What I'm Watching: Duane Roelands' "Joke Life" Vines | Live Culture

What I'm Watching: Duane Roelands' "Joke Life" Vines


Duane Roelands, internet comedy genius - VIA VINE.CO/DWROELANDS
  • via vine.co/DWRoelands
  • Duane Roelands, internet comedy genius
Twenty years ago, when I first stumbled across a website that comprehensively listed all of the samples and arcane references on the Beastie Boys’ masterpiece Paul’s Boutique, I remember thinking, Aha! Someone has figured out what to do with this “internet” thing!

I know Paul’s Boutique backwards and forwards, and for years have marveled at and puzzled over its array of funky, witty samples. The album’s producers, the fabled Dust Brothers, plucked basslines from the Eagles, single guitar notes from Mountain and scads of musical and verbal ephemera from decades of American music, television and film. The album remains a remarkable achievement. But, as enjoyable as it is, Paul’s Boutique is also incredibly densely layered, its musical fragments and obscure name-checks fairly begging the listener to unpack them.

(For an incredible tribute to and deconstruction of this epochal album, I recommend the following 2012 episode of the Solid Steel Radio Show.)
Enter, in 1993, the humbly named website Paul’s Boutique Samples and References List, which dissects the album song by song, sample by sample and reference by reference. Sure, this information could have been published in an essay or book, but instead, the site’s author, Brad Benjamin, made a point of soliciting ongoing contributions. The site’s credits page lists well over 100 people who’ve written in to give the source of one of the album’s crazy-quilt fragments, or to explain one of its countless bits of slang or esoteric pop-culture references. (My favorite is the one that name-checks former New York Knicks Harthorne Wingo.) By capitalizing on the internet’s openness and capacity to tap into ardent fan cultures, the site has created the definitive exegesis of one of the most important albums of the past 30 years.

I’ve recently found a Vine user who I believe has pulled off a similar accomplishment. To me, the 200-plus goofy six-second videos of one Duane Roelands justify the existence of the internet.
Vine, which made its debut just three years ago, is a micro-scale video-sharing service. Users can create and publish looping videos (with sound) of no more than six seconds, to which other users can then subscribe, for free, and see the Vines of their choice in their feeds. If it sounds like Twitter with audio and video, it pretty much is. Twitter saw a synergy there, too, acquiring the company in 2012, just before its formal launch.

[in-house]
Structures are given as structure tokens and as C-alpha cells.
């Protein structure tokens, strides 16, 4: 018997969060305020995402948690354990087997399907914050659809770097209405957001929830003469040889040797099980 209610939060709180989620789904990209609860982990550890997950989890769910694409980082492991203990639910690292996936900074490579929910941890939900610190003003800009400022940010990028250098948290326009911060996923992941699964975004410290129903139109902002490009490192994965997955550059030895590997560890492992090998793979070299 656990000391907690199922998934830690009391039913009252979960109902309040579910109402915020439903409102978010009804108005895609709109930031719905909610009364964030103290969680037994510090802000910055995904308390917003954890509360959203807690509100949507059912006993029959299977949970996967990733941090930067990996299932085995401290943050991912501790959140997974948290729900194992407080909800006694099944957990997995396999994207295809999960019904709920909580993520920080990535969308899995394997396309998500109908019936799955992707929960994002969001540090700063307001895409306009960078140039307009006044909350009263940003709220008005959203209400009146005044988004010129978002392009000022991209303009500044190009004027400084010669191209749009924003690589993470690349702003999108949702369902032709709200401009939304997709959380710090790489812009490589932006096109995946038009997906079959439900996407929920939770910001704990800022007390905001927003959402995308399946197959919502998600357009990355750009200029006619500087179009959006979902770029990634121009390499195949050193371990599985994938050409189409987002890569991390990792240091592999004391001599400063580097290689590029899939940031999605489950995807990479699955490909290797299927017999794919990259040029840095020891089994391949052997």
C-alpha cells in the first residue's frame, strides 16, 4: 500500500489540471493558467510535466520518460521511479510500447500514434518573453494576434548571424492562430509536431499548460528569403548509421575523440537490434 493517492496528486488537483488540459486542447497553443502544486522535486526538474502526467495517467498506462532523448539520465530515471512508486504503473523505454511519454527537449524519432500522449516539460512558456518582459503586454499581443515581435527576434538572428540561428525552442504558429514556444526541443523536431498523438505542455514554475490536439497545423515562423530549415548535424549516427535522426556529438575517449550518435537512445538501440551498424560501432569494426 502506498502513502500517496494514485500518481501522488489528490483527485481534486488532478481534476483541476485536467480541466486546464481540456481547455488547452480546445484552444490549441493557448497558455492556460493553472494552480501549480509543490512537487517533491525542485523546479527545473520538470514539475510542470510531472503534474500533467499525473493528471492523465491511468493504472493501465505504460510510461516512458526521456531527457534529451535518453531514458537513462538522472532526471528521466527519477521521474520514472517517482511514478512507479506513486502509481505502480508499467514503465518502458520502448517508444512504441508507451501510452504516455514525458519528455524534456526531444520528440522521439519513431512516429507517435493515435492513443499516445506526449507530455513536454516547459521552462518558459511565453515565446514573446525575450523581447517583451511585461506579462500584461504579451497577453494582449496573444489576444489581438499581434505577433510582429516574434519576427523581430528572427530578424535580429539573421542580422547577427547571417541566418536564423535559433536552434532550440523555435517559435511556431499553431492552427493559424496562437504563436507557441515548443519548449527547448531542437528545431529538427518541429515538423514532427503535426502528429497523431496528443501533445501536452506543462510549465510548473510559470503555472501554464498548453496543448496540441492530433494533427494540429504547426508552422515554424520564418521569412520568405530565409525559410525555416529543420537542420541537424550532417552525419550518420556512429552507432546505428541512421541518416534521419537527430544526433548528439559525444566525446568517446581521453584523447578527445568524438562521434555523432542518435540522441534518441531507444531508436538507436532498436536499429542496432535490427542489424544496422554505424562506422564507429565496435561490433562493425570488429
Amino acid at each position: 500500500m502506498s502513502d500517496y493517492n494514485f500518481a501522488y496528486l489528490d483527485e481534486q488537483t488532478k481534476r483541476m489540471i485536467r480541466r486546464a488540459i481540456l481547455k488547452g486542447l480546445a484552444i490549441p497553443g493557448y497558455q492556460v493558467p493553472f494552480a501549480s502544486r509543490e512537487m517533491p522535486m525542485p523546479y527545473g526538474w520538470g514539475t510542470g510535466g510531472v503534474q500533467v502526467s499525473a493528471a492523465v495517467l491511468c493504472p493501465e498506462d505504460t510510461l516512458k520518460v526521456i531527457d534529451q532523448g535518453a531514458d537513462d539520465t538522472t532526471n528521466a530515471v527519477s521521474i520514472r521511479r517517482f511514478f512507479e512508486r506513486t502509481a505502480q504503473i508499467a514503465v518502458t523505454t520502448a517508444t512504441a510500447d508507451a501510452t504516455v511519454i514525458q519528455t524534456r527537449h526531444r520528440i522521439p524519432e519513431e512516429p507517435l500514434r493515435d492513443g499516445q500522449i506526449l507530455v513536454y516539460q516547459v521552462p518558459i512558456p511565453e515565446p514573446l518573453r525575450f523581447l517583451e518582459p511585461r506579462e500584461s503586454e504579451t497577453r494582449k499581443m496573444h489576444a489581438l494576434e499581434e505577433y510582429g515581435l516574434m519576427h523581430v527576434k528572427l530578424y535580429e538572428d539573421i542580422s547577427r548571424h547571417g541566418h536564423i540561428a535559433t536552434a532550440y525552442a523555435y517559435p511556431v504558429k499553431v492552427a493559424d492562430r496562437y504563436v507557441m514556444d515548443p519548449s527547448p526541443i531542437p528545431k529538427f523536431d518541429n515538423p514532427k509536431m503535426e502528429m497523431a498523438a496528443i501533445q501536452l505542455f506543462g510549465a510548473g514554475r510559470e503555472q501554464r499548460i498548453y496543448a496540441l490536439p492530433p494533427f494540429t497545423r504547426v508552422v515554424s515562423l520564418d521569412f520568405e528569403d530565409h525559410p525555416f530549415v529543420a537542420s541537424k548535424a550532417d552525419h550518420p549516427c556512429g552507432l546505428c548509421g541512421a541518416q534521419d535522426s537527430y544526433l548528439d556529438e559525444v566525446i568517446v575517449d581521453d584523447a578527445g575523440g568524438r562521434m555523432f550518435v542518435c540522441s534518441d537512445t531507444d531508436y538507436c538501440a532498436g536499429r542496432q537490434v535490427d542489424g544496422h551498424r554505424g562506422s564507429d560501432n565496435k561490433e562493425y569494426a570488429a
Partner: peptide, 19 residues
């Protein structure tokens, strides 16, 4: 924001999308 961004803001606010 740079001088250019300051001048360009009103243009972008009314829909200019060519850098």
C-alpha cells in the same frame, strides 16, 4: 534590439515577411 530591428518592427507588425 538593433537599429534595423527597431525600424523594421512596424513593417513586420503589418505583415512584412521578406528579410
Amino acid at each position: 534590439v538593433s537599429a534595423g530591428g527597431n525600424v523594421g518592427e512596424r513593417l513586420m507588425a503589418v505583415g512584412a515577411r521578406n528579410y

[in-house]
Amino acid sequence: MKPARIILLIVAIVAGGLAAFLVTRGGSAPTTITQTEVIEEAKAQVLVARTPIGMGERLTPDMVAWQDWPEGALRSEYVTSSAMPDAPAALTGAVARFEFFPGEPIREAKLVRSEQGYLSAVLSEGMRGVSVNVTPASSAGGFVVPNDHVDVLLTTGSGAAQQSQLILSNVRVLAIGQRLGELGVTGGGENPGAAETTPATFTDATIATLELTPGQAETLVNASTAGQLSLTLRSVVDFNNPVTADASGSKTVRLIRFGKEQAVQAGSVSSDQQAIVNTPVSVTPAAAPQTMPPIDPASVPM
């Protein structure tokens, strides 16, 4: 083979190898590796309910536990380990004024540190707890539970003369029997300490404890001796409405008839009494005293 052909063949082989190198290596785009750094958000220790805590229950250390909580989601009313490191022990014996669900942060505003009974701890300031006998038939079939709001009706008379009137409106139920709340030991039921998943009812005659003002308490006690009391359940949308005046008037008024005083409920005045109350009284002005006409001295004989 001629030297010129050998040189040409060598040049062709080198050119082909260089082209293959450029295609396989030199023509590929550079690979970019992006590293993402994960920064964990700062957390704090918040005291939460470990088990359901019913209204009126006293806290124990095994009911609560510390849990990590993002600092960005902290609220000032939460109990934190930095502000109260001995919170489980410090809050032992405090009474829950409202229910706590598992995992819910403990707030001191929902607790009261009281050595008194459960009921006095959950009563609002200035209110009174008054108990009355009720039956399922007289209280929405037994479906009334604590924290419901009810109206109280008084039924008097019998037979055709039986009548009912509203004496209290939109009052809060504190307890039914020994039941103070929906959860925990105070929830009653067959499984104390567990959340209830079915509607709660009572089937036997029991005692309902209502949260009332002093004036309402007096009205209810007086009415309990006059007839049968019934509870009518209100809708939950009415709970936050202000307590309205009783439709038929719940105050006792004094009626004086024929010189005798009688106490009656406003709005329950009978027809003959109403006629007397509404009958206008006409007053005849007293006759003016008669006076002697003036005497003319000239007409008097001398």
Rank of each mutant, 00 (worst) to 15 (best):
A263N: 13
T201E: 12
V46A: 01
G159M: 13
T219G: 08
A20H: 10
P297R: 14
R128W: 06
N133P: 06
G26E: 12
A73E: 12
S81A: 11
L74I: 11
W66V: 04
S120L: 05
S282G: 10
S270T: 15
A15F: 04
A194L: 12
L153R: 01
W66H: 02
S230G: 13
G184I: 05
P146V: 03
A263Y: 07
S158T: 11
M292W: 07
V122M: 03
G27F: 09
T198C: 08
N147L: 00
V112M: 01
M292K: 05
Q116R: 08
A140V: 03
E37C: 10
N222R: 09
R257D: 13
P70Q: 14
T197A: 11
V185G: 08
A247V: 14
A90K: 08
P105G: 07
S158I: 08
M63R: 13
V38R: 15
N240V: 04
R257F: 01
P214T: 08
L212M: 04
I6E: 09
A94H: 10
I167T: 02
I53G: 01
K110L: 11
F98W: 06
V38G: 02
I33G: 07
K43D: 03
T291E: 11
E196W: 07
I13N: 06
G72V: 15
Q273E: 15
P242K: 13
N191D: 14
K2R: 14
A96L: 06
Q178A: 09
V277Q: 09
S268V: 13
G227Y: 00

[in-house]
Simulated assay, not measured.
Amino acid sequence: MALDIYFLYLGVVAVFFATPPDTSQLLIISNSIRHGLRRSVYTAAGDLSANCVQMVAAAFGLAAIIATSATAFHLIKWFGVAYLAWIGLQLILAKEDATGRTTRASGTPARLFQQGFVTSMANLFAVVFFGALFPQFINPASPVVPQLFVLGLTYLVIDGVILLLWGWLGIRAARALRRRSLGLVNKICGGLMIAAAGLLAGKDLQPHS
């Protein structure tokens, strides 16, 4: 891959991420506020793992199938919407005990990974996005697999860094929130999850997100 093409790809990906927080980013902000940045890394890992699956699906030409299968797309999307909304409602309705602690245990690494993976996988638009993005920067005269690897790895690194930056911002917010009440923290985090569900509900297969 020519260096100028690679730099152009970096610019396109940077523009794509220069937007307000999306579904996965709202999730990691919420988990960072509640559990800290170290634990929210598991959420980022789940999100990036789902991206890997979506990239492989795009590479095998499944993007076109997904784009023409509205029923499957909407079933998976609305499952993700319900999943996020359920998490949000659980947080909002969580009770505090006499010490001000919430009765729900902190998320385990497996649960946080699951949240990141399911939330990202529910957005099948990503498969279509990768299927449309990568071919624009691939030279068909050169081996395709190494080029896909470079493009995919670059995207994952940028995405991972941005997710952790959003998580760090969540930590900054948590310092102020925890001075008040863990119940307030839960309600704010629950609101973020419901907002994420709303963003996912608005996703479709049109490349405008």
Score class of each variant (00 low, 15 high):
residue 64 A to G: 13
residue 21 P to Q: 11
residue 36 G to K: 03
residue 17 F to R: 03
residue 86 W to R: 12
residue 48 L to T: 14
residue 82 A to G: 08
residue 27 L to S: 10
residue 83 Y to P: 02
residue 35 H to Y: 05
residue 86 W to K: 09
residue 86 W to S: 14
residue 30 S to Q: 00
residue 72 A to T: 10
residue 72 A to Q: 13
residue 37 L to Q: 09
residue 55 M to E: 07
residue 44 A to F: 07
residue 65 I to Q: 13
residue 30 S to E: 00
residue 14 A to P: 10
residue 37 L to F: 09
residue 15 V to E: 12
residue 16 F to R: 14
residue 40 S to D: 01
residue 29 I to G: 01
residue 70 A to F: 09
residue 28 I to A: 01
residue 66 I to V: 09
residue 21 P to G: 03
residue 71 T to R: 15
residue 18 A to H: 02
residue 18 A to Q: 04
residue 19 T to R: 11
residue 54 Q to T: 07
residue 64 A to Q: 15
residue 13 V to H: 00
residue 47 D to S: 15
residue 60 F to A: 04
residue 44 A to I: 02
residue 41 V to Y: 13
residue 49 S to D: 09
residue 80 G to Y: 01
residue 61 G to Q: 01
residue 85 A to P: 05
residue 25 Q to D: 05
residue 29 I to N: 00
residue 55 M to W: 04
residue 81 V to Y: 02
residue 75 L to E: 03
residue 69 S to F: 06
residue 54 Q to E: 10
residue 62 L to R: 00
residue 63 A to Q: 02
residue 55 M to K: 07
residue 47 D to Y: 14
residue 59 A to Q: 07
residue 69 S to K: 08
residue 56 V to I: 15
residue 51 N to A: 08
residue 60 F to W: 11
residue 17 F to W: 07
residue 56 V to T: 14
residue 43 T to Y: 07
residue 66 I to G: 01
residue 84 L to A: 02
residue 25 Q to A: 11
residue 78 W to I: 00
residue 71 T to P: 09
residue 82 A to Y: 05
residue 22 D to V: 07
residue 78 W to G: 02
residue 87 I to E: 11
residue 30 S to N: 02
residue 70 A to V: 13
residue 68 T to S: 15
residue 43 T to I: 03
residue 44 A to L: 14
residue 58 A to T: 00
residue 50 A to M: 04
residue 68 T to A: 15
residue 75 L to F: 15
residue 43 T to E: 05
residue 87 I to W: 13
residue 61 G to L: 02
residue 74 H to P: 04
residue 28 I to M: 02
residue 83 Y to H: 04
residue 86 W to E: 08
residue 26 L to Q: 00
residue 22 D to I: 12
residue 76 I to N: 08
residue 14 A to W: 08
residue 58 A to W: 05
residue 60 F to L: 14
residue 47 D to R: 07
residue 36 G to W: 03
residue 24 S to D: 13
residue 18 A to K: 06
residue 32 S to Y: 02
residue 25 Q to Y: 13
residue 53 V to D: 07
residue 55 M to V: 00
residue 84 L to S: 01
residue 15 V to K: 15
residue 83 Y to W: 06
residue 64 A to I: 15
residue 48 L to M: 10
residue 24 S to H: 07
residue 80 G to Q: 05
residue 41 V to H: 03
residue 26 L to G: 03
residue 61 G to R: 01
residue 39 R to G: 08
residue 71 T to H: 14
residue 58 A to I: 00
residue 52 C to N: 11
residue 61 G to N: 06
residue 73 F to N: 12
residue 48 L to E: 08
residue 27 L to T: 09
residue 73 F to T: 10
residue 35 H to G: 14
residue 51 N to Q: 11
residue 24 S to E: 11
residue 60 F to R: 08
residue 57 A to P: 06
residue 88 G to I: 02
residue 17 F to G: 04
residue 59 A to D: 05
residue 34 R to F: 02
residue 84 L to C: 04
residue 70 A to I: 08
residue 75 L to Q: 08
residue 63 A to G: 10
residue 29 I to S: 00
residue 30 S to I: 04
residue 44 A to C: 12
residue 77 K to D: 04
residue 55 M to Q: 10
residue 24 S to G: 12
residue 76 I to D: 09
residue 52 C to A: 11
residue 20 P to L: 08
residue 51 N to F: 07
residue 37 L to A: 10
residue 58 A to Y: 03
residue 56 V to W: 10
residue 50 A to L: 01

I don’t have a Vine account, but lots of famous people do — like Justin Bieber, Tyra Banks and Erykah Badu — should you care to follow them. Duane Roelands is not a celebrity, but, dammit, he should be. His Vine series doesn’t have a formal name, but he often closes his videos with the phrase “Joke Life” — a play on Tupac Shakur’s famous “Thug Life” motto. Roelands’ talent lies in creating videos in which, through the magic of editing, he has conversations with himself that always end in wincingly wonderful puns.
I love this guy’s sense of humor. Roelands’ Vines are smart, witty and unabashedly corny. Many of them end with him remarking on the terribleness of the puns he illustrates. I also love how he’ll include in many of his Vines a brief-but-recognizable audio clip with thematic relevance to the pun he’s just laid down.

I share Roelands’ fondness for puns, a form of humor that has, in my view, been unfairly maligned. In fact, I believe exactly the opposite of the prevailing opinion: that puns are among the “highest” forms of humor.

Puns only work when listeners are able to hold two unrelated ideas in their minds at one time; reflecting on that unrelatedness can often yield surprisingly fruitful juxtapositions. Puns are valuable tools for the study of language, in that they encourage us to consider its fundamental arbitrariness, as well as the origins and meanings of clichés and idioms. When we groan at a pun, we’re not really groaning at how “bad” it is, but at how original and clever it is — and because we wish we’d thought of it. (Or perhaps I’m speaking only for myself here…)

But the thing I most admire about Roelands’ Vines is that they’re perfectly tailored to the internet of today. Back in 1993, when the Paul’s Boutique site was first published, most people accessed the internet with connections too slow to permit the reliable viewing of videos. As bandwidth has increased, this is less of an issue: Many of us now watch high-definition movies via the internet. Roelands has also capitalized on Vines’ inherent brevity, using the format to illustrate funny, clever puns that require no more than a few seconds’ dialogue.
I don’t care to comment on the allegedly shrinking modern attention span, but I will say that Roelands’ Vines are perfectly designed as tiny bursts of comedy. You’ll lose none of your precious productivity by watching a couple. (But just try watching only a couple.)

Just as the internet has the power to unite die-hard Beastie Boys fans, it now has the power to bring larger groups of people together. Many of our shared experiences are shared over the internet: Skype calls, emails, Facebook posts and videos. Roelands’ videos are “clean,” suitable for members of all generations and followers of all persuasions who now live online. I can’t wait until my infant son is old enough for me to share these with him.

Roelands has assembled his Vines, in groups of 100, into a couple YouTube videos, each of which is only about 10 minutes long. If you can handle the rapid-fire assault of pun after pun after pun, this is a great way to watch his work. Some of them are so witty, and fly by so fast, that they’ll likely encourage you to hit Pause while you work them out. Which is exactly what a good pun should do.